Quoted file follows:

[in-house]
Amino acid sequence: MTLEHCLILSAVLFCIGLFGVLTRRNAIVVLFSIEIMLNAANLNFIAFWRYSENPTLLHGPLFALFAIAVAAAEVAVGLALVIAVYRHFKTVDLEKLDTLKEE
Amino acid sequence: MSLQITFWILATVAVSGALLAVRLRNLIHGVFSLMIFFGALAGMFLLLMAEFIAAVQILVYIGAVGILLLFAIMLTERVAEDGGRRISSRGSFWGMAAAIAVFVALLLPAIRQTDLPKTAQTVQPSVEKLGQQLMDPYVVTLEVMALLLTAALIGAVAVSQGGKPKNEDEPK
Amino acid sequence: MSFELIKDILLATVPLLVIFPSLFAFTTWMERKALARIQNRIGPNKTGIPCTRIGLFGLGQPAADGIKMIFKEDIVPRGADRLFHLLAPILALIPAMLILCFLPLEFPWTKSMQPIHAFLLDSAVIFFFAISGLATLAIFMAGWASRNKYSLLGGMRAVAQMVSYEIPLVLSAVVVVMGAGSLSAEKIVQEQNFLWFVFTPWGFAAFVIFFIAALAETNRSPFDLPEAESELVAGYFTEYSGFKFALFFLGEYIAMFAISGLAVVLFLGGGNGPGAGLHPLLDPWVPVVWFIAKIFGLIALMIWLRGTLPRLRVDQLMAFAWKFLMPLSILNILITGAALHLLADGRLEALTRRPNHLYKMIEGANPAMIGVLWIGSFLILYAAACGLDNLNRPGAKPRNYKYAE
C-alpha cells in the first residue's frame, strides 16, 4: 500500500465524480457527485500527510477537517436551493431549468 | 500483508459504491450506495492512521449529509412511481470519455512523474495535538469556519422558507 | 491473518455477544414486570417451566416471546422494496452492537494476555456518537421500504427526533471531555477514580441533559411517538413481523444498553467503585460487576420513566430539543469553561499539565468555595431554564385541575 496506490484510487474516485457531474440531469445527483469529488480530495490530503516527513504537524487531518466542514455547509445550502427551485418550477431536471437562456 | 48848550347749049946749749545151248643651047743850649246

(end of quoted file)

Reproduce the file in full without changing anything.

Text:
[in-house]
Amino acid sequence: MTLEHCLILSAVLFCIGLFGVLTRRNAIVVLFSIEIMLNAANLNFIAFWRYSENPTLLHGPLFALFAIAVAAAEVAVGLALVIAVYRHFKTVDLEKLDTLKEE
Amino acid sequence: MSLQITFWILATVAVSGALLAVRLRNLIHGVFSLMIFFGALAGMFLLLMAEFIAAVQILVYIGAVGILLLFAIMLTERVAEDGGRRISSRGSFWGMAAAIAVFVALLLPAIRQTDLPKTAQTVQPSVEKLGQQLMDPYVVTLEVMALLLTAALIGAVAVSQGGKPKNEDEPK
Amino acid sequence: MSFELIKDILLATVPLLVIFPSLFAFTTWMERKALARIQNRIGPNKTGIPCTRIGLFGLGQPAADGIKMIFKEDIVPRGADRLFHLLAPILALIPAMLILCFLPLEFPWTKSMQPIHAFLLDSAVIFFFAISGLATLAIFMAGWASRNKYSLLGGMRAVAQMVSYEIPLVLSAVVVVMGAGSLSAEKIVQEQNFLWFVFTPWGFAAFVIFFIAALAETNRSPFDLPEAESELVAGYFTEYSGFKFALFFLGEYIAMFAISGLAVVLFLGGGNGPGAGLHPLLDPWVPVVWFIAKIFGLIALMIWLRGTLPRLRVDQLMAFAWKFLMPLSILNILITGAALHLLADGRLEALTRRPNHLYKMIEGANPAMIGVLWIGSFLILYAAACGLDNLNRPGAKPRNYKYAE
C-alpha cells in the first residue's frame, strides 16, 4: 500500500465524480457527485500527510477537517436551493431549468 | 500483508459504491450506495492512521449529509412511481470519455512523474495535538469556519422558507 | 491473518455477544414486570417451566416471546422494496452492537494476555456518537421500504427526533471531555477514580441533559411517538413481523444498553467503585460487576420513566430539543469553561499539565468555595431554564385541575 496506490484510487474516485457531474440531469445527483469529488480530495490530503516527513504537524487531518466542514455547509445550502427551485418550477431536471437562456 | 48848550347749049946749749545151248643651047743850649246